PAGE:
Stock Ticker #shares owned Dividend per share Total payout
Bank of New York Mellon (NYSE: BK) 60,818,783 $0.24  $14,596,508
Moody's Corporation (NYSE: MCO) 24,669,778 $0.44  $10,854,702
Goldman Sachs (NYSE: GS) 10,959,519 $0.75  $8,219,639
Monsanto (NYSE: MON) 11,708,747 $0.54  $6,322,723
Southwest Airlines (NYSE: LUV) 47,659,456 $0.125  $5,957,432
Store Capital (NYSE: STOR) 18,621,674 $0.31  $5,772,719
Sanofi SA (ADR) (NYSE: SNY) 3,878,524 $1.253  $4,859,791
American Airlines (NASDAQ: AAL) 46,000,000 $0.10  $4,600,000
M&T Bank (NYSE: MTB) 5,382,040 $0.75  $4,036,530
Restaurant Brands International (NYSE: QSR) 8,438,225 $0.45  $3,797,201
Synchrony Financial (NYSE: SYF) 20,803,000 $0.15  $3,120,450

Sources: Yahoo! Finance, CNBC

Taking a look at some of the older companies on the list reveals an interesting feature they have in common in terms of dividends: more than a few of them raise their dividends steadily and reliably, typically boosting them once every year. Some are even Dividend Aristocrats. Coca-Cola is among this elite group, as are (admittedly much smaller holdings) Walmart and Procter & Gamble.

Stock Ticker #shares owned Dividend per share Total payout
Visa Inc (NYSE: V) 10,562,460 $0.21  $2,218,117
Costco Wholesale (NASDAQ: COST) 4,333,363 $0.50  $2,166,682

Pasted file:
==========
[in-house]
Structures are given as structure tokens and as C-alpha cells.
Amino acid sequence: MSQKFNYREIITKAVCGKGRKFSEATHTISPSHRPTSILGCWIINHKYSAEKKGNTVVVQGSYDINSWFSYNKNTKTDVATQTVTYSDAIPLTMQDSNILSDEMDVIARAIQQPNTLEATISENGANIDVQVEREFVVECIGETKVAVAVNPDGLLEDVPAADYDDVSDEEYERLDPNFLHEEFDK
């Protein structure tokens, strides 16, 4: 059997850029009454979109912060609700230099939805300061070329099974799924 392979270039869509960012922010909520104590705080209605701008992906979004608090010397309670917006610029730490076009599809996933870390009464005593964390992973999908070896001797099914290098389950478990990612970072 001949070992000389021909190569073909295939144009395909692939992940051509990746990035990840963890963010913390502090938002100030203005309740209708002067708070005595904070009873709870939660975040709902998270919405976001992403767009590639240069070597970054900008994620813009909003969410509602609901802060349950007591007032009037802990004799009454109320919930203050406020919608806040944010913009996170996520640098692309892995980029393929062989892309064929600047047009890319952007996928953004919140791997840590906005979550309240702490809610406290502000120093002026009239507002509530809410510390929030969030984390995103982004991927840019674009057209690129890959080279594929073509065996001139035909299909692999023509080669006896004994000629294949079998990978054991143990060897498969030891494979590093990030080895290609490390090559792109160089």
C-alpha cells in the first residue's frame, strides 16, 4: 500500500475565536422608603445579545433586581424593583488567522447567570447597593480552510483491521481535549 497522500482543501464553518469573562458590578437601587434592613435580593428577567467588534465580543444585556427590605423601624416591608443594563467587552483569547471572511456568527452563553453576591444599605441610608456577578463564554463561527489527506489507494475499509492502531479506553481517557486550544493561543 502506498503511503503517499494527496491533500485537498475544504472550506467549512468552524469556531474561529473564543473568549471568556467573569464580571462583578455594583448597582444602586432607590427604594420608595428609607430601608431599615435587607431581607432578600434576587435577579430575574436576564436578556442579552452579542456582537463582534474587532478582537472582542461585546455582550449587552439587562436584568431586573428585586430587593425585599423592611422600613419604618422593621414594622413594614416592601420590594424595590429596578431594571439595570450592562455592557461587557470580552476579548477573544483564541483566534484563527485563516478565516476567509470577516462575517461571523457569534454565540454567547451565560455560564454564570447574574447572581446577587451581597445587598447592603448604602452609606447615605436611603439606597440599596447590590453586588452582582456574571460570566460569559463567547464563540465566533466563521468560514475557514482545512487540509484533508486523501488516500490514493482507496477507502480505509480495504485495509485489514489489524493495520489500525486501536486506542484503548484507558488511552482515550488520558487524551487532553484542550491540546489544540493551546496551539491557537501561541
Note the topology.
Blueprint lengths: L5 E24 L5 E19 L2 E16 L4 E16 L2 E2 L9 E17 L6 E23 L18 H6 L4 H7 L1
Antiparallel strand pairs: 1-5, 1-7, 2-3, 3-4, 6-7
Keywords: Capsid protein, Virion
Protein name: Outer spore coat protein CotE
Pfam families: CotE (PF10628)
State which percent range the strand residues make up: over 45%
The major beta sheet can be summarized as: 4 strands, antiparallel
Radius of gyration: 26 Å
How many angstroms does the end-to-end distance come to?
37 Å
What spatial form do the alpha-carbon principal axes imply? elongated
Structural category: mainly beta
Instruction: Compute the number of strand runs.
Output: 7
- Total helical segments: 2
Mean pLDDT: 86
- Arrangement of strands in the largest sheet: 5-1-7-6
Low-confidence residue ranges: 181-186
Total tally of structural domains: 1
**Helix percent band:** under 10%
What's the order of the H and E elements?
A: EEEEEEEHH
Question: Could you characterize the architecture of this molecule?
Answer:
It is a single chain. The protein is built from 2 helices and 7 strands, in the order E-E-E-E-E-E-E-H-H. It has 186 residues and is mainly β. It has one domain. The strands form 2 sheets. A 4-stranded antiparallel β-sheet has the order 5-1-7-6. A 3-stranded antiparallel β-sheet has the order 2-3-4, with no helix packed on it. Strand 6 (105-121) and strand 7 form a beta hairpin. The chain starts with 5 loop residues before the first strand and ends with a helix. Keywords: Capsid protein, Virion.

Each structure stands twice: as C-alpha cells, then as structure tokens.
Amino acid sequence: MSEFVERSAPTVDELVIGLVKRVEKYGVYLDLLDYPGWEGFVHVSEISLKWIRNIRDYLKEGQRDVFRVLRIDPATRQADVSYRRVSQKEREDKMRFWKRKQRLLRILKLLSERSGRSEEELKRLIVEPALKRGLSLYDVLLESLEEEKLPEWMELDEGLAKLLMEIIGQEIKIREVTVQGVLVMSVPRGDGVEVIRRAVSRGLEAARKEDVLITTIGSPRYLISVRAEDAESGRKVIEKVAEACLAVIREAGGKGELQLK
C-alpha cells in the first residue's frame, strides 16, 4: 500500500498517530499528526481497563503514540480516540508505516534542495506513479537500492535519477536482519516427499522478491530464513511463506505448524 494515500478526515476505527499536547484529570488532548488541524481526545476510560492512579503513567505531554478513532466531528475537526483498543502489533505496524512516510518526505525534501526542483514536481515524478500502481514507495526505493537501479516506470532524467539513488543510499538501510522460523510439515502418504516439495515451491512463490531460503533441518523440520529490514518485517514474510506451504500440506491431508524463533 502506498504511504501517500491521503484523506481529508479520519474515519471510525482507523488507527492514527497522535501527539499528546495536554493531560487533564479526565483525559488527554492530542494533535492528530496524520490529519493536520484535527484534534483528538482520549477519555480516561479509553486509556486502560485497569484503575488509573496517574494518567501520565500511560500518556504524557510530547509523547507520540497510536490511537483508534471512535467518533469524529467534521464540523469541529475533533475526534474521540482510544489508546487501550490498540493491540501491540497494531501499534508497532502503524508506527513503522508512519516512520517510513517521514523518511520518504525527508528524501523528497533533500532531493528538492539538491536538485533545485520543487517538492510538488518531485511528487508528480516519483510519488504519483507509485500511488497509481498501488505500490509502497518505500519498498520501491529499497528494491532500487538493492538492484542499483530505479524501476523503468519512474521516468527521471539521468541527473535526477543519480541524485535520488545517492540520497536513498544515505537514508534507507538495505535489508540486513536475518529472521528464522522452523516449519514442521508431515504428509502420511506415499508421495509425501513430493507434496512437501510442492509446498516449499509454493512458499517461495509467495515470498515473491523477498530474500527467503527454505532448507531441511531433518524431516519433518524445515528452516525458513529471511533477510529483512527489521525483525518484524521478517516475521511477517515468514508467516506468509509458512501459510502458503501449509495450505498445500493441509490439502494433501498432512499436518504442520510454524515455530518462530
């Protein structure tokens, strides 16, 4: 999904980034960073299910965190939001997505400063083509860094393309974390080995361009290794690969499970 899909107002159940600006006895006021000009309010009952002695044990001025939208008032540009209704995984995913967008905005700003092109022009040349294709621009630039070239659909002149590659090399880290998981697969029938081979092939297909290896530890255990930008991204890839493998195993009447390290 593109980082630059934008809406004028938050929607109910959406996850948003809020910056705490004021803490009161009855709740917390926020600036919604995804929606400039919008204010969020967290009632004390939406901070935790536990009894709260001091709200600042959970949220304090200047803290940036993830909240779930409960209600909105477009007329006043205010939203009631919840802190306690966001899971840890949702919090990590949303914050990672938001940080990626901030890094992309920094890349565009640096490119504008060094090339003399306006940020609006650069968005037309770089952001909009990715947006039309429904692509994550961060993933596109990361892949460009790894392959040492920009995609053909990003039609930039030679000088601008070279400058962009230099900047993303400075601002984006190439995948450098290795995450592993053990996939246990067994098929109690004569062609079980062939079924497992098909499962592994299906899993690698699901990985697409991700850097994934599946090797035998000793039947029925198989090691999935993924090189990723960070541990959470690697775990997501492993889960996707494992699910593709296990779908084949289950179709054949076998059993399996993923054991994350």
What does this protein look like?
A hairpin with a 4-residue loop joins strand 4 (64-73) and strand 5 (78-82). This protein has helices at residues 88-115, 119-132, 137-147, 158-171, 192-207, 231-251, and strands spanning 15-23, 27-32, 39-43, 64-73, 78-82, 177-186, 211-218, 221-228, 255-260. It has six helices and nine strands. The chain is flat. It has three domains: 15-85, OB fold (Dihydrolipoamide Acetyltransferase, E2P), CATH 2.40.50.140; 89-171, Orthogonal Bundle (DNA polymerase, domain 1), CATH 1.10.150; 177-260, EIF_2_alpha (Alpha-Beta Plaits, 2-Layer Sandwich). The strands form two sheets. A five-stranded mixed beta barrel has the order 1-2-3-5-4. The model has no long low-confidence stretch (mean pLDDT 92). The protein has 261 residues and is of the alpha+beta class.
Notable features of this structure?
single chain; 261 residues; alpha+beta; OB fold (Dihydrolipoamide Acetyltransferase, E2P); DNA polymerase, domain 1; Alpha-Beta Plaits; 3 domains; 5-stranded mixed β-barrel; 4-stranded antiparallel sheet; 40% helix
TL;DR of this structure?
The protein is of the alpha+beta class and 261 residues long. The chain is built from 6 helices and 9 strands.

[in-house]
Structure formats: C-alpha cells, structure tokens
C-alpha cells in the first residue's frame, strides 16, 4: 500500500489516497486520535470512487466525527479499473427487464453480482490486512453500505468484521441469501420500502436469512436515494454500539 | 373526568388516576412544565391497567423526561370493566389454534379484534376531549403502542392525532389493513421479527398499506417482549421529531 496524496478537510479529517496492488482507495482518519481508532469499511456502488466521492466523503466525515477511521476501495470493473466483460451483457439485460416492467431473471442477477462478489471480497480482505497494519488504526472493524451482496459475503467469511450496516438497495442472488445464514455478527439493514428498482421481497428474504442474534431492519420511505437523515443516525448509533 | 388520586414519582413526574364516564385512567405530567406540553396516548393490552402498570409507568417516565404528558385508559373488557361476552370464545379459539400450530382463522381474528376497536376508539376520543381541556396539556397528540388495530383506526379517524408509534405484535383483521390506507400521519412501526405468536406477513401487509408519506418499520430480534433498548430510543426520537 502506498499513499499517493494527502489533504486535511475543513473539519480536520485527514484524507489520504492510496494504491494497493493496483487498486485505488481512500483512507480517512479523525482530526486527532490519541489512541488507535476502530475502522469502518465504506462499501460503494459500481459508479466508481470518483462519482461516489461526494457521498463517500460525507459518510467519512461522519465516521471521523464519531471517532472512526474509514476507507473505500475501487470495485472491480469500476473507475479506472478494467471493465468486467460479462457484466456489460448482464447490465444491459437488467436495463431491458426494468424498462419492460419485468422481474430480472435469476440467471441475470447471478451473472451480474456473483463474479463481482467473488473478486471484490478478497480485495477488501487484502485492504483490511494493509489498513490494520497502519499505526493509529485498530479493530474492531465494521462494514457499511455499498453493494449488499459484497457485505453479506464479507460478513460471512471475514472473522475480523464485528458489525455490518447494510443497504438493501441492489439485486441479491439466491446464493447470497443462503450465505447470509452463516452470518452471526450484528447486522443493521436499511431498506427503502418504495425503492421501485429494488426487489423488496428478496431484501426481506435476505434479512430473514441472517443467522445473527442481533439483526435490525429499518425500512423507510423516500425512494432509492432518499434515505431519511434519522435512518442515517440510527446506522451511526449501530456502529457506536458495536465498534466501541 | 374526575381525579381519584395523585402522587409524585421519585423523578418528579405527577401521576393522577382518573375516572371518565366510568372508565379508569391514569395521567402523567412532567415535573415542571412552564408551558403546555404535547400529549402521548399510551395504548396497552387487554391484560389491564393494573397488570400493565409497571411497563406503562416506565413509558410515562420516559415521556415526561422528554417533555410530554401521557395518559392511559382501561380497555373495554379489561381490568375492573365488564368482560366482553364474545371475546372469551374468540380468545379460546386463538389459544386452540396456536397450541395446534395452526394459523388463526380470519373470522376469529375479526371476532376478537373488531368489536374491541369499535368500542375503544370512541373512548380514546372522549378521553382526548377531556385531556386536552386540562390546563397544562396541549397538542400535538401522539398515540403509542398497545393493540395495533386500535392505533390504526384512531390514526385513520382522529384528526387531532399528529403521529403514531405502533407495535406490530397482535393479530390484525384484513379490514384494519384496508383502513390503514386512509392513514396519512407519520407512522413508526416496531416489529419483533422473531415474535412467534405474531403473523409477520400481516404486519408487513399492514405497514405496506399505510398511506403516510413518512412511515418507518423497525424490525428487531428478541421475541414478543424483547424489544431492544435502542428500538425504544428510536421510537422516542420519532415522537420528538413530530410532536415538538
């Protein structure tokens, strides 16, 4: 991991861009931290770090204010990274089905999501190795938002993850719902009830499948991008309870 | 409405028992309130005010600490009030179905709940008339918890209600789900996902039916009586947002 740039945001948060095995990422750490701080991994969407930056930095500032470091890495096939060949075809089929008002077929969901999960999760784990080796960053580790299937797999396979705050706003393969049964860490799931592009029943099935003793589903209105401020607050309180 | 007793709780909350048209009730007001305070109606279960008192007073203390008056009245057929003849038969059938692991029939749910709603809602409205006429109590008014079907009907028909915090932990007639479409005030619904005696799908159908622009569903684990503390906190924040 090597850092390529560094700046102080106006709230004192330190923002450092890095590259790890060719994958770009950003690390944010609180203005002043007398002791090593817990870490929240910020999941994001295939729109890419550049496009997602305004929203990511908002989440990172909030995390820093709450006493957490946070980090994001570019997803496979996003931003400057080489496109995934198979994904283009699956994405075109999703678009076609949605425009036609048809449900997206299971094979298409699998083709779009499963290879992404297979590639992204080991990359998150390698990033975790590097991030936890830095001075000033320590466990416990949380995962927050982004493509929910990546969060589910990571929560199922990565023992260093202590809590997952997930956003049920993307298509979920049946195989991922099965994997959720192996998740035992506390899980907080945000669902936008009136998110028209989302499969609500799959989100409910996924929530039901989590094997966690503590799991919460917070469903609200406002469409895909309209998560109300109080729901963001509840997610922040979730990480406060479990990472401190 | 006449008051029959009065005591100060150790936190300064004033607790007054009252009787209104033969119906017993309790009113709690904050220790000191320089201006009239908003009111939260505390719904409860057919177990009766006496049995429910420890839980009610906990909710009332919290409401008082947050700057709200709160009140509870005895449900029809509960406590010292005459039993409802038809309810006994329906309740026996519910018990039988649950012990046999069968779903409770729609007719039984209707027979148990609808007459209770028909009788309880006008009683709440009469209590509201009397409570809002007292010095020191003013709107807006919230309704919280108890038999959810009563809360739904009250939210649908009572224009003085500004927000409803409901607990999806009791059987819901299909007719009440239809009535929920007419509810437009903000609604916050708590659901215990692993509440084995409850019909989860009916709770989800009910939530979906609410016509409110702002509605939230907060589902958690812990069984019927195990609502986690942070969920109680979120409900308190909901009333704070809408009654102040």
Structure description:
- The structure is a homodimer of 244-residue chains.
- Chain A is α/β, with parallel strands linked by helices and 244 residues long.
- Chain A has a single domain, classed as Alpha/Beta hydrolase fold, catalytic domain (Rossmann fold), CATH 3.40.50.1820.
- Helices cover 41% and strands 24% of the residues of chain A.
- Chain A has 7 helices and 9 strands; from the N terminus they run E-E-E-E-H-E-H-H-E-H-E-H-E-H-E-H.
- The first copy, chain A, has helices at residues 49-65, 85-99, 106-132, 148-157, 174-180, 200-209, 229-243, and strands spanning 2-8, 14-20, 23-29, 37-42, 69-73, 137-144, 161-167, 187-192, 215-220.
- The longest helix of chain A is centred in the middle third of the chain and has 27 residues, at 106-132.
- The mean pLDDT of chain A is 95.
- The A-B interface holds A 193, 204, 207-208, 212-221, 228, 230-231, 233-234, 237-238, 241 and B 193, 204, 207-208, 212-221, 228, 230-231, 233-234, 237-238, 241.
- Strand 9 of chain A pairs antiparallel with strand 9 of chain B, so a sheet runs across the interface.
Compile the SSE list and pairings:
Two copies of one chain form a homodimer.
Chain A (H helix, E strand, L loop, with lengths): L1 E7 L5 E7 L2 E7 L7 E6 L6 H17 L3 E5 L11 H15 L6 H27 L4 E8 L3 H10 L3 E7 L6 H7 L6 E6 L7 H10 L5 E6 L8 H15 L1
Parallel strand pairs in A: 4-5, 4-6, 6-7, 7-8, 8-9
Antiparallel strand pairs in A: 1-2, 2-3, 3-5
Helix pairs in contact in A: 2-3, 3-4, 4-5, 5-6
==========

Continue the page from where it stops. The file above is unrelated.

IBM (NYSE: IBM) 2,048,045 $0.75  $1,536,034
Sirius XM Holdings (NASDAQ: SIRI) 137,915,729 $0.011  $1,517,073
Mastercard (NYSE: MA) 4,934,756 $0.25  $1,233,689
Torchmark (NYSE: TMK) 6,353,727 $0.16  $1,016,596
Walmart (NYSE: WMT) 1,393,513 $0.52  $724,627
Johnson & Johnson (NYSE: JNJ) 327,100 $0.84  $274,764
Procter & Gamble (NYSE: PG) 315,400 $0.69  $217,626
Graham Holdings (NYSE: GHC) 107,575 $1.33  $143,075
Mondelez International (NASDAQ: MDLZ) 578,000 $0.22  $127,160
United Parcel Service (NYSE: UPS) 59,400 $0.91  $54,054
Verizon Communications (NYSE: VZ) 928 $0.59  $548

Sources: Yahoo! Finance, CNBC

Warren likes to get paid

So what does this tell us about Buffett and Berkshire, and their relationship to dividends?

Warren hasn't exactly been mum on the subject. He's acknowledged the dichotomy of Berkshire not paying dividends at all in its decades-long history, while collecting buckets of them from the portfolio stocks.

Simply put, he believes Berkshire should reinvest its profits back into its business. These funds can be deployed for capital expenditures in the companies it owns directly, or new acquisitions. Further down the priority ladder, and only under certain conditions, Berkshire will buy back its own shares.

Meanwhile, with a deep and wide portfolio, a rich trove of dividend money rolls into the Berkshire coffers on a steady basis, to be utilized for the above purposes. And the company's cash pile continues to grow ever higher -- it stood at an eye-watering $116 billion at the end of 2017, with $7 billion of that coming in Q4 alone. 

So at the end of the day, we can characterize Buffett as a man who simply appreciates steady additions to his cash position. Perhaps, then, he isn't so different from you or me after all.